S Angeline Street

This street lies mostly in Columbia City, where its name originated, and Seward Park, with a few blocks in Beacon Hill and even fewer in West Seattle. It almost reaches Puget Sound at Beach Drive SW, and does reach Andrews Bay of Lake Washington at Lake Washington Boulevard S.

As noted, the name Angeline Street originated in Columbia City, in this 1891 Plat of Columbia, filed at the request of James Kippen Edmiston by Percy W. Rochester and John I. Wiley of the Washington Co-operative Home Company. 

Princess Angeline was born Kikisoblu, the daughter of Si’ahl [siʔaɫ], better known in English as Chief Seattle of the Duwamish and Suquamish Tribes. Her date of birth is unknown; Wikipedia gives it as ca. 1820, whereas this article posted by the Duwamish Tribe, written by elementary school students based on HistoryLink essays, gives it as 1828. She died May 31, 1896.

Princess Angeline received her English name from Catherine Broshears Maynard, wife of David Swinson (“Doc”) Maynard, one of the earliest Seattle settlers. As the HistoryLink Elementary article puts it,

Chief Seattle’s oldest daughter was named Kikisoblu. She became friends with many of Seattle’s founding families. One of her friends was Catherine Maynard. She felt that Kikisoblu should have a name that would let the white settlers know that she was the daughter of a great chief. So she called her Princess Angeline. She thought that name was prettier than the name Kikisoblu.

Photograph of Kikisoblu, or Princess Angeline, by Frank La Roche, ca. 1893
Photograph of Princess Angeline (Kikisoblu), by Frank La Roche, ca. 1893

Cheasty Boulevard S

This Olmsted boulevard was designed in 1910 as Jefferson Boulevard, the entrance to Jefferson Park. It runs about 1⅕ miles from Beacon Avenue S and S Alaska Street in the southwest to S Winthrop Street in the northeast, which also forms part of the park boulevard. After crossing Martin Luther King Jr. Way S and Rainier Avenue S, it continues on as S Mount Baker Boulevard, ending at Mount Baker Park.

In 1914, it was renamed Cheasty Boulevard after E.C. (Edward) Cheasty, who died that year. He had been police commissioner, commissioner of the Alaska–Yukon–Pacific Exposition, and a member of the park board from 1907 to 1910 and 1912 to his death, according to the Don Sherwood Park History Files. He also ran Cheasty’s Store, a downtown haberdashery, from 1888 until his death.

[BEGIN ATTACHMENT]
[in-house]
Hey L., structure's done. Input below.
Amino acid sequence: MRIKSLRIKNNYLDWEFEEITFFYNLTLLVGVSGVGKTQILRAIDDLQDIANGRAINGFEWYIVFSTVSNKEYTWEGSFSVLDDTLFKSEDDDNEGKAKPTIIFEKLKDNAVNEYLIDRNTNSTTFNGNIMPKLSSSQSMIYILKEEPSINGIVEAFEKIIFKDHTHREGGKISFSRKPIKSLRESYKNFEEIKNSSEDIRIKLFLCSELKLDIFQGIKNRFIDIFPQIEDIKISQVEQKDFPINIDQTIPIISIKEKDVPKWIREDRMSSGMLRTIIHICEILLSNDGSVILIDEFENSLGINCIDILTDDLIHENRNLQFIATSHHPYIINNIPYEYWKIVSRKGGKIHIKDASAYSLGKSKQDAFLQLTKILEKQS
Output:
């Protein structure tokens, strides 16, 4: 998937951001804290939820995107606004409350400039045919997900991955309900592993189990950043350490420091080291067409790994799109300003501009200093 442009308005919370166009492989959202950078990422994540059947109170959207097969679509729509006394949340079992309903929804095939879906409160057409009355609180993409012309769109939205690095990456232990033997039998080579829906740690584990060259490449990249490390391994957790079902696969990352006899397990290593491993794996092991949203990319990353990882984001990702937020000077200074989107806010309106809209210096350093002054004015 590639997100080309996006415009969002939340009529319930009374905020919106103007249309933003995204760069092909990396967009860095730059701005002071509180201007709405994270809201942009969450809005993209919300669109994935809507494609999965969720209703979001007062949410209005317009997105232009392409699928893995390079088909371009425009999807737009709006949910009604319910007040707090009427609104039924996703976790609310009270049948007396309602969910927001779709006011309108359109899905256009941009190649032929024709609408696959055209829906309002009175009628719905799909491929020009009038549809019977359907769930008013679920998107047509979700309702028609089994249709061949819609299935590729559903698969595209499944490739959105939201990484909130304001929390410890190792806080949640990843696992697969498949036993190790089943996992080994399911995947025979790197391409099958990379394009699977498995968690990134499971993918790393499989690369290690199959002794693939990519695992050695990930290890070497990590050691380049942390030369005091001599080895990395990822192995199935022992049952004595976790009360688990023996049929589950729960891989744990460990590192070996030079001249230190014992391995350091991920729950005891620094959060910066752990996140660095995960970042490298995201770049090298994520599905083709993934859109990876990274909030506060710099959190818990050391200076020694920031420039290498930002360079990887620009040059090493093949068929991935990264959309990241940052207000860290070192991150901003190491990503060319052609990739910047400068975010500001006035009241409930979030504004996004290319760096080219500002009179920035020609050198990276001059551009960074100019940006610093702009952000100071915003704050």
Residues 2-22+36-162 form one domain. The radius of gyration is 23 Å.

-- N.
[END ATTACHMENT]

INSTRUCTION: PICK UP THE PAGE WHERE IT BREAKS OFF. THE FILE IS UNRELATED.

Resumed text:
E.C. Cheasty, photograph by Edward S. Curtis, from the University of Washington Libraries’ Portrait Collection

Speaking of his death, it sadly appears that it was due to suicide. He fell from the 10th floor of the Washington Hotel — the same hotel in which fellow businessman Frank B. Hubbell killed himself in 1905.

Seattle Star article on death of E.C. Cheasty
Front-page article on Cheasty’s death, The Seattle Star, June 13, 1914

SW Seattle Street

What better way to start things off than with SW Seattle Street?

SW Seattle Street is a minor residential street in West Seattle that runs about ³/₁₀ of a mile from 42nd Avenue SW in the east to Sunset Avenue SW in the west.

It might seem strange that such a short street would be chosen to bear the city’s name — it was the only one to do so until 2010, when the first two blocks of Airport Way S were renamed Seattle Boulevard S — but this has more to do with unimaginative naming than with civic pride.

On August 4, 1869, Ike M. Hall — the executor of the estate of Norman B. Judkins — filed the Judkin’s (sic) Addition to the Town of Seattle, located just southwest of where the interchange between I-5 and I-90 is today. From north to south, the east–west streets are named Norman, B, Judkins, Addition, Town, and Seattle.

Portions of the original Seattle Street were vacated over the years (for example, in 1900, 1957, and 2000), and the construction of I-5 took care of the rest. However, when the city annexed West Seattle in 1907 it changed the name of Maple Street to W Seattle Street as part of rationalizing the street grid… and so the name lives on.

(The city itself, of course, was named after Si’ahl [siʔaɫ], better known in English as Chief Seattle of the Duwamish and Suquamish Tribes.)

So, why SW Seattle Street instead of Seattle Street SW?

In Seattle, east–west streets have the directional come first, and north–south avenues have it come last. The Wikipedia article “Street layout of Seattle,” which I helped write, has a more comprehensive description of Seattle’s addressing system, including the answer to this question:

Why was it W Seattle Street in 1907 but SW Seattle Street now?

In 1961, city ordinance 89910 “established a standard system of street name designations” so that in almost all cases streets within a given zone would carry the same directional. West Seattle avenues already carried the SW designation.